A five-year pilot project launched by California's Medicaid program that addressed social determinants of health in high-risk, high-utilization patients reduced costs by almost $400 per member per year and cut down on ED visits and hospitalizations.
An innovative program designed to improve access to healthcare services for California's most at-risk Medicaid patients reduced per-patient costs by almost $400 per year during the five-year length of the program, according to a new study.
The Whole Person Care program, which ran from 2016 to 2021, enrolled 247,887 Medi-Cal members, according to a review by the UCLA Center for Health Policy Research. Run through 25 pilot projects covering 26 counties, the $3.6 billion program connected participants not only with primary care and mental health care providers, but more than 500 social service organizations, housing support groups and other resources aimed at addressing social determinants of health.
As a result, the program saw 45 fewer hospitalizations and 130 fewer Emergency Department visits per 1,000 beneficiaries (compared to a control group), and a reduction in Medi-Cal payments of $383 per person per year.
“The Whole Person Care program aimed to promote access to care for the most vulnerable Medi-Cal beneficiaries, and evidence suggests that the program was successful in developing needed infrastructure and delivering services needed to support effective care,” Nadereh Pourat, associate director of the UCLA center, head of its Health Economics and Evaluation Research Program, and lead author of the report, said in a press release. “Patients received more care and had improved outcomes.”
The program is one of many that healthcare organizations across the country are launching to address health inequity by identifying non-clinical barriers to healthcare access, called social determinants of health. Advocates say that by addressing those barriers, providers can improve access and clinical outcomes while promoting long-term health and wellness.
In the Medi-Cal program, the California Department of Health Care Services (DHCS) used a Section 1115 Medicaid waiver called 'Medi-Cal 2020' and targeted high-risk enrollees with complex health concerns who often used emergency care services, including those with substance abuse issues, recently released prison inmates, people dealing with severe mental health issues, and homeless residents and those in danger of becoming homeless.
According to the UCLA report, the program accomplished three primary objectives. It:
- "Invested in promoting meaningful and diverse partner engagement and buy-in through consistent communication, consensus on strategic priorities, and/or financial incentives;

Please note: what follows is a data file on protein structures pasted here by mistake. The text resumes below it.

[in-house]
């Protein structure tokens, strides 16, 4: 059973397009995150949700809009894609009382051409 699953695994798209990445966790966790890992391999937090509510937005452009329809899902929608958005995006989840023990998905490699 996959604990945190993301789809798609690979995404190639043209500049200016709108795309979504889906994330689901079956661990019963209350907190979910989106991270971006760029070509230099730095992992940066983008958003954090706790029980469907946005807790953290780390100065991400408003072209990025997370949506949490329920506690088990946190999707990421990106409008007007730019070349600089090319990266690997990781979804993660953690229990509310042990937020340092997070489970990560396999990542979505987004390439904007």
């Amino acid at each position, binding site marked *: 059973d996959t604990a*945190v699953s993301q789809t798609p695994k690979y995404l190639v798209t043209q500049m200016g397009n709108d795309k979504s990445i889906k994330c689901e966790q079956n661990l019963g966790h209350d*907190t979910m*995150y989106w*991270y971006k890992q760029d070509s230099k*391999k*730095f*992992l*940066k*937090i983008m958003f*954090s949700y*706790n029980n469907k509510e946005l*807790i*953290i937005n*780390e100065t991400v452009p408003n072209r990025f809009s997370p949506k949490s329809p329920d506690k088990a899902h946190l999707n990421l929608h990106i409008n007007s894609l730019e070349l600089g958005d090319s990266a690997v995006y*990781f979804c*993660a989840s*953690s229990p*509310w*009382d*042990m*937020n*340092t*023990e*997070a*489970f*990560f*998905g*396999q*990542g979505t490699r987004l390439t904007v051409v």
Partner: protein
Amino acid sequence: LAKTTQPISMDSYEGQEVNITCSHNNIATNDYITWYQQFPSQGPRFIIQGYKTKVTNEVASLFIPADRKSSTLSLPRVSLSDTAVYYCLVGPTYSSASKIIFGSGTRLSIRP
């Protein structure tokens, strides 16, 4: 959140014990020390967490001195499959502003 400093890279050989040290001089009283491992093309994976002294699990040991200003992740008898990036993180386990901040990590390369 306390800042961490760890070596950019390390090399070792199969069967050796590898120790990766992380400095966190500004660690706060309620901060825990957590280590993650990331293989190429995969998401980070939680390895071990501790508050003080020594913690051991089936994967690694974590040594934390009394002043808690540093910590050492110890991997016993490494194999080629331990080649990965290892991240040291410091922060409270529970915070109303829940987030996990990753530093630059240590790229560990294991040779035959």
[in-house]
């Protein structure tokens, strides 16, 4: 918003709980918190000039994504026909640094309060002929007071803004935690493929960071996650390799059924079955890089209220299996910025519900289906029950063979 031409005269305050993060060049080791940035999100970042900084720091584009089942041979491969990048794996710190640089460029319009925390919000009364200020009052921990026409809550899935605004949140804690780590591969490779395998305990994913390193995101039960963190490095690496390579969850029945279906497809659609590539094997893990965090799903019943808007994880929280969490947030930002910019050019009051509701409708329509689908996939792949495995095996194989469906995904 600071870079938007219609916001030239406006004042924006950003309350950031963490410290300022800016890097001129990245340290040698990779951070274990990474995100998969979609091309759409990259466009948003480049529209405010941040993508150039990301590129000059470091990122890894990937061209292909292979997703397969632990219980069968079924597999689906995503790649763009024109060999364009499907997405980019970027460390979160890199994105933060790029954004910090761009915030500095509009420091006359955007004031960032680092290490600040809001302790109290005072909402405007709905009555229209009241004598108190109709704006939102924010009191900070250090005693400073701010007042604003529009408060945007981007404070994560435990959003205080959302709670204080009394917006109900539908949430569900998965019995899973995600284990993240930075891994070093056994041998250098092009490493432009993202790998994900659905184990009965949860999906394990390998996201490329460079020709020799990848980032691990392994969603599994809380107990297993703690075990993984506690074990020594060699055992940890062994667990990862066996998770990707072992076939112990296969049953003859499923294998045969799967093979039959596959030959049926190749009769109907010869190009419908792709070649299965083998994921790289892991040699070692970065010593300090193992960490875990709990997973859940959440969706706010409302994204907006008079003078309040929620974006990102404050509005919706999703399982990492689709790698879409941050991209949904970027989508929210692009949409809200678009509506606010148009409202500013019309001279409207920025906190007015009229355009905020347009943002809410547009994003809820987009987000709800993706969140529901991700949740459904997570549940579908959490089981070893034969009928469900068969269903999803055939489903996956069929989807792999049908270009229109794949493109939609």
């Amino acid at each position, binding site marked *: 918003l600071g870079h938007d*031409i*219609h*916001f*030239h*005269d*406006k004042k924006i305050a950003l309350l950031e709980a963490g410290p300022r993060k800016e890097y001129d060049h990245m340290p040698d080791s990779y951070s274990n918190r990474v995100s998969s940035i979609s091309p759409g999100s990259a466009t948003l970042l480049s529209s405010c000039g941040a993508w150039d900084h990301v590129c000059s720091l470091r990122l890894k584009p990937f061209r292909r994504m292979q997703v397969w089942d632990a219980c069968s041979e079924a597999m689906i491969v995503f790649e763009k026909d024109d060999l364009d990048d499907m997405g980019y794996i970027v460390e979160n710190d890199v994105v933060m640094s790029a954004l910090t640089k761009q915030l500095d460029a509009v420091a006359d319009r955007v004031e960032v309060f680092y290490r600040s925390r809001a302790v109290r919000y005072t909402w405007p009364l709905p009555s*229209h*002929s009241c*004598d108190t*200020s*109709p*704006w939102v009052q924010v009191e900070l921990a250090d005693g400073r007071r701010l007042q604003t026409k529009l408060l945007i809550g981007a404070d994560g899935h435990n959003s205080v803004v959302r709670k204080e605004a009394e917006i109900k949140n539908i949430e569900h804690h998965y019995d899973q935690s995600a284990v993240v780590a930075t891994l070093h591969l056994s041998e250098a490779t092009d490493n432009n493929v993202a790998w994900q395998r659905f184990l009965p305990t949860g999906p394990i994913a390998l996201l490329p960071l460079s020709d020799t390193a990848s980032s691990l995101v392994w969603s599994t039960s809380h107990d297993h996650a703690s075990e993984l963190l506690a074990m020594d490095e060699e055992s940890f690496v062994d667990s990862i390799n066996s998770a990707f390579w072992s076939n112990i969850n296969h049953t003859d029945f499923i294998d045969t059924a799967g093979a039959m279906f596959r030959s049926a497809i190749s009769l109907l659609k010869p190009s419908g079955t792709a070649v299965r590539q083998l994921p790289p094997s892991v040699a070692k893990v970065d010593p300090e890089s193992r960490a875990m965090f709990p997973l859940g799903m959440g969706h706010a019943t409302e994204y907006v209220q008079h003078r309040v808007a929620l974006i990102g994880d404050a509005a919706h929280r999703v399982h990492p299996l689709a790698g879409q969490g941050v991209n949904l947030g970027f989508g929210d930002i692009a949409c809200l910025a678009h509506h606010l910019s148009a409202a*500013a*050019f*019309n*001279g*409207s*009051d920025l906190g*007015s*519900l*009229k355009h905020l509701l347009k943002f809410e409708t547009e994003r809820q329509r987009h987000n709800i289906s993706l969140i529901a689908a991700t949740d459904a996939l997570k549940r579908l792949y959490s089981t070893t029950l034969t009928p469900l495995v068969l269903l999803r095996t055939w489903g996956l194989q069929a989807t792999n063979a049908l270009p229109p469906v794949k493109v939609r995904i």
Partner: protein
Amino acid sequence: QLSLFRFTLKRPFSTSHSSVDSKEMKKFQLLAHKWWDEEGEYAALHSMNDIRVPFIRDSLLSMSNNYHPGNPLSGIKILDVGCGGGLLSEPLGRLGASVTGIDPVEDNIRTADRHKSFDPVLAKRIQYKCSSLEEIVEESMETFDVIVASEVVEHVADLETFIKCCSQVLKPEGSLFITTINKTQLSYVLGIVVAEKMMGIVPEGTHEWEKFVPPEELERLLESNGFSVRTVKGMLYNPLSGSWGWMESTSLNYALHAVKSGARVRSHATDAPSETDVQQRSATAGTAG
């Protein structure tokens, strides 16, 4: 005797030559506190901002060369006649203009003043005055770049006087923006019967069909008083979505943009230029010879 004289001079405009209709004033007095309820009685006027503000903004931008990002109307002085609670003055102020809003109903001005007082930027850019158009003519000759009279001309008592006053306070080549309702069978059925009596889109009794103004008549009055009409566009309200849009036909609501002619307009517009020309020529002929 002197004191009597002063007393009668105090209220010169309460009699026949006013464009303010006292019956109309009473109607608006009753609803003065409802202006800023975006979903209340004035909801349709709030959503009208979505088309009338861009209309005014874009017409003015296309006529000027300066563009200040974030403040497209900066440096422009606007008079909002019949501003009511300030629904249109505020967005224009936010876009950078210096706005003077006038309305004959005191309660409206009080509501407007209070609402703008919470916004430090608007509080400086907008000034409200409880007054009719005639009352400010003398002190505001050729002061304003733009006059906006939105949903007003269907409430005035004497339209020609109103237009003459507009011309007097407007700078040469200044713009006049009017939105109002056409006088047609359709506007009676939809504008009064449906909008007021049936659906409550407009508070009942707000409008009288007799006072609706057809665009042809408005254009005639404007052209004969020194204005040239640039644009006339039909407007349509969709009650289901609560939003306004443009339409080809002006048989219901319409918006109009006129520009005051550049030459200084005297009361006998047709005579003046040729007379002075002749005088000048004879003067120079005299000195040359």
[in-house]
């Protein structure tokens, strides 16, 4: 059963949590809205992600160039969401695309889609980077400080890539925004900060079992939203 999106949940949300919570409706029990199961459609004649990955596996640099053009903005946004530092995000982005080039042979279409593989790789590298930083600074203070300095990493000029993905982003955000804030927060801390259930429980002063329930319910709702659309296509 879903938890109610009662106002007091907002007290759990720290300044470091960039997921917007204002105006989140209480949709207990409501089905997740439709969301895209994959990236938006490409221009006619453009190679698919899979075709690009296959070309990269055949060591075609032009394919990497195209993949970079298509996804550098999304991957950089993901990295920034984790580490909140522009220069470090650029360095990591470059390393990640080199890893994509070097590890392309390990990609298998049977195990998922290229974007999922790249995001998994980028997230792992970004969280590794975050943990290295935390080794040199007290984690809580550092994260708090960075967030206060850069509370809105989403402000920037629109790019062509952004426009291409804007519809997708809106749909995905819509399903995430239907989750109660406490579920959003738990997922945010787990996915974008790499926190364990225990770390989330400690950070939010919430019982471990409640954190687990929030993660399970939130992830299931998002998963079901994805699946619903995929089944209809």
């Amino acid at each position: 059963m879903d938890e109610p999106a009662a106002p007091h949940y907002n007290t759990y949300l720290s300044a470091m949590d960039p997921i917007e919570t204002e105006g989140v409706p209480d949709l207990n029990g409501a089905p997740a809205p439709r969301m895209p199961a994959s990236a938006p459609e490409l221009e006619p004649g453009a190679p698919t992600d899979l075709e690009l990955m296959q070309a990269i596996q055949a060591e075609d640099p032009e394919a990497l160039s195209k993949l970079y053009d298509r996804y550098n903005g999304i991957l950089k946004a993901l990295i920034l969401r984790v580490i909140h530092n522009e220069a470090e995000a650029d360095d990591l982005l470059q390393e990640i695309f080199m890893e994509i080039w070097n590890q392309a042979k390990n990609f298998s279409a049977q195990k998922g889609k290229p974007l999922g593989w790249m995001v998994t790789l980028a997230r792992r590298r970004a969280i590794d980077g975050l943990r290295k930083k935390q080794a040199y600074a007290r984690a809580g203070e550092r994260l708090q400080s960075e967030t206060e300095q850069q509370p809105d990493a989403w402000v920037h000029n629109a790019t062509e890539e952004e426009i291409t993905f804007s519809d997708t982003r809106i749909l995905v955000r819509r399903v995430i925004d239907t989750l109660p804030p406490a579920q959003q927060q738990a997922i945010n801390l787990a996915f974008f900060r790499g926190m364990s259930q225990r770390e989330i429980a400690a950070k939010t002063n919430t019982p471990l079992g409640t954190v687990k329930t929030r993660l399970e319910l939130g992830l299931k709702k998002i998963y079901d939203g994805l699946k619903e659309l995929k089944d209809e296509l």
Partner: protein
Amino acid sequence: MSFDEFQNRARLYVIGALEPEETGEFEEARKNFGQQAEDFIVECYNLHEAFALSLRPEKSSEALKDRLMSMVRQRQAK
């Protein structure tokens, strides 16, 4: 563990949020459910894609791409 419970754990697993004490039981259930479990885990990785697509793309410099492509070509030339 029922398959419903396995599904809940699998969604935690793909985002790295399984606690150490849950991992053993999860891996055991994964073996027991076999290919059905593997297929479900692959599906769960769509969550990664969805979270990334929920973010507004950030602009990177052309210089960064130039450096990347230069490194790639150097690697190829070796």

- Acquired and implemented innovative data sharing platforms needed to support cross-sector care coordination and facilitate data sharing with partners; and
- Were successful in developing appropriate infrastructure (e.g., staffing, standardized protocols) and processes (e.g., needs assessment, care plan, referrals) to support effective care coordination."
And while the program reduced ER visits and hospitalizations, it also saw an increase in the use of certain outpatient services, such as substance abuse treatment and specialty care, while also seeing a decrease in primary and mental health care services.
“The results show that such programs help complex patients in different ways, depending on their needs,” Pourat said in the press release. “Most importantly, our findings highlight the overall success of the Whole Person Care program and its potential for improving the lives of high-risk patients.”
While the pilot program ended in 2021, state officials are working to expand its services throughout the state as part of a Medicaid overhaul called California Advancing and Innovating Medi-Cal (CalAIM).
Eric Wicklund is the associate content manager and senior editor for Innovation, Technology, Telehealth, Supply Chain and Pharma for HealthLeaders.
California's Whole Person Care program, which ran from 2016 to 2021, helped reduce per-person costs among participating Medicaid beneficiaries by $383 per year, while cutting down on ED visits and hospitalizations.
The program enrolled almost 250,000 high-risk, high-utilization residents, including people with severe mental health and substance abuse issues, those recently released from prison, and homeless residents or those at risk of losing their homes.
Through the program, participants were able to access not only primary and mental health care services, but other resources, including social workers, housing support groups and transportation assistance.